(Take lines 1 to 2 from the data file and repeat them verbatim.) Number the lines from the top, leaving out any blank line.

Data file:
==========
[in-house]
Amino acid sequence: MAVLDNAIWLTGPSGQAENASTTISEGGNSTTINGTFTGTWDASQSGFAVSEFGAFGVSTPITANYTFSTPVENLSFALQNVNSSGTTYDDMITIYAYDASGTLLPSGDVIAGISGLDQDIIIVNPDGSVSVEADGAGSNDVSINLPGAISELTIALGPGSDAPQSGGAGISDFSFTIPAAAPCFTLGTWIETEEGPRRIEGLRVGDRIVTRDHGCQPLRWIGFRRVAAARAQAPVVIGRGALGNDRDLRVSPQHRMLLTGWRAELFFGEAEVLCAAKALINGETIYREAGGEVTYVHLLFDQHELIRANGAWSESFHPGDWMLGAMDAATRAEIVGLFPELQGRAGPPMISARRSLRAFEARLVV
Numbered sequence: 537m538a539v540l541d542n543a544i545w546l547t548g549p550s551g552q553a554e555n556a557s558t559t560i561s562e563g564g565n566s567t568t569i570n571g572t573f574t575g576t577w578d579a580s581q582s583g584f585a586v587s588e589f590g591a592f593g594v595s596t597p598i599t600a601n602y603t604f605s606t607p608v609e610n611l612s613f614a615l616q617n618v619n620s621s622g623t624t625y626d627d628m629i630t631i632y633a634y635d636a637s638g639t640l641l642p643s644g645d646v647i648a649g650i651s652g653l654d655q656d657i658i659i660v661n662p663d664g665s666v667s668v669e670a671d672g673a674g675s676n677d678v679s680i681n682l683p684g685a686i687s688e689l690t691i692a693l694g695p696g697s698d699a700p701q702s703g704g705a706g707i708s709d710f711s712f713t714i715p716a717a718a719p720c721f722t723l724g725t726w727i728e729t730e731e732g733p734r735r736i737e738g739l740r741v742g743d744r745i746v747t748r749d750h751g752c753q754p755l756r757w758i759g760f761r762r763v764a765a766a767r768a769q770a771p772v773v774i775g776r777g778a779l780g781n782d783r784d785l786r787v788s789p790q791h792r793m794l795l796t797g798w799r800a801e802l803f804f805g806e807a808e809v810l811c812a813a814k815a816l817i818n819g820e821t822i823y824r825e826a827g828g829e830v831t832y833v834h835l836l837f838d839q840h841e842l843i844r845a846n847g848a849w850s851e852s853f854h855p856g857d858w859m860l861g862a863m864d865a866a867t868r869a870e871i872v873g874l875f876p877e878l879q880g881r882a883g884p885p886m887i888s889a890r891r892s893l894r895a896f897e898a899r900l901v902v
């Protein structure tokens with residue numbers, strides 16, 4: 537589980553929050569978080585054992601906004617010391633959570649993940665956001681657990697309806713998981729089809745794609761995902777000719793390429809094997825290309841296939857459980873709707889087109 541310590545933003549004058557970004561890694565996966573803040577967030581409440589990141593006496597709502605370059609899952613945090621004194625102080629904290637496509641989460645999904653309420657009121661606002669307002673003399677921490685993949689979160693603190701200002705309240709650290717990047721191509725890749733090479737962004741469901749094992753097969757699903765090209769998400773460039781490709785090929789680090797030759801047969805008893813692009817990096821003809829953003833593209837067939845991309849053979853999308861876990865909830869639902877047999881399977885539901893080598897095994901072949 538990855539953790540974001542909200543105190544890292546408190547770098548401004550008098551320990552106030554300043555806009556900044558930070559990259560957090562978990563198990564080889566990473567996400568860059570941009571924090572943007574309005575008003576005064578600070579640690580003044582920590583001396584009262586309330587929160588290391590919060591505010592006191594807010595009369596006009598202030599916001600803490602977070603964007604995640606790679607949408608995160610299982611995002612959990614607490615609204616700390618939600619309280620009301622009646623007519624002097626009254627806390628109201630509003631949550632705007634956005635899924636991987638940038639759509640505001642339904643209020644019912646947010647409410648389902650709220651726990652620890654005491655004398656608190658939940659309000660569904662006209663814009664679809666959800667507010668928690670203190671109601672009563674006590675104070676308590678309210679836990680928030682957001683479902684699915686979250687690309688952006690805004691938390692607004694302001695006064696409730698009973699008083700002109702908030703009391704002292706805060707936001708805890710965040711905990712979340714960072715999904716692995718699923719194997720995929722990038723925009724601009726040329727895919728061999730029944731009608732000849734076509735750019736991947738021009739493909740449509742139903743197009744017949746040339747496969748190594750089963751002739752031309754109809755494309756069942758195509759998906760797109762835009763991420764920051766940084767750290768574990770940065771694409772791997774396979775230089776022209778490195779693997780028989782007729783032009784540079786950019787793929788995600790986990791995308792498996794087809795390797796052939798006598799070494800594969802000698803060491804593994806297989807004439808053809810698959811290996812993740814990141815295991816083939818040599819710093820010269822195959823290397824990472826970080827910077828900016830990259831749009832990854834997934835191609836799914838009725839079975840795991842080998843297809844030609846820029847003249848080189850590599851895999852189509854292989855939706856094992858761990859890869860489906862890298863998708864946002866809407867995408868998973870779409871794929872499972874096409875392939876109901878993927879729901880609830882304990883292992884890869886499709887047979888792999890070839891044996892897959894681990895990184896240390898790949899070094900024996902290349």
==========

[in-house]
Amino acid sequence: MAVLDNAIWLTGPSGQAENASTTISEGGNSTTINGTFTGTWDASQSGFAVSEFGAFGVSTPITANYTFSTPVENLSFALQNVNSSGTTYDDMITIYAYDASGTLLPSGDVIAGISGLDQDIIIVNPDGSVSVEADGAGSNDVSINLPGAISELTIALGPGSDAPQSGGAGISDFSFTIPAAAPCFTLGTWIETEEGPRRIEGLRVGDRIVTRDHGCQPLRWIGFRRVAAARAQAPVVIGRGALGNDRDLRVSPQHRMLLTGWRAELFFGEAEVLCAAKALINGETIYREAGGEVTYVHLLFDQHELIRANGAWSESFHPGDWMLGAMDAATRAEIVGLFPELQGRAGPPMISARRSLRAFEARLVV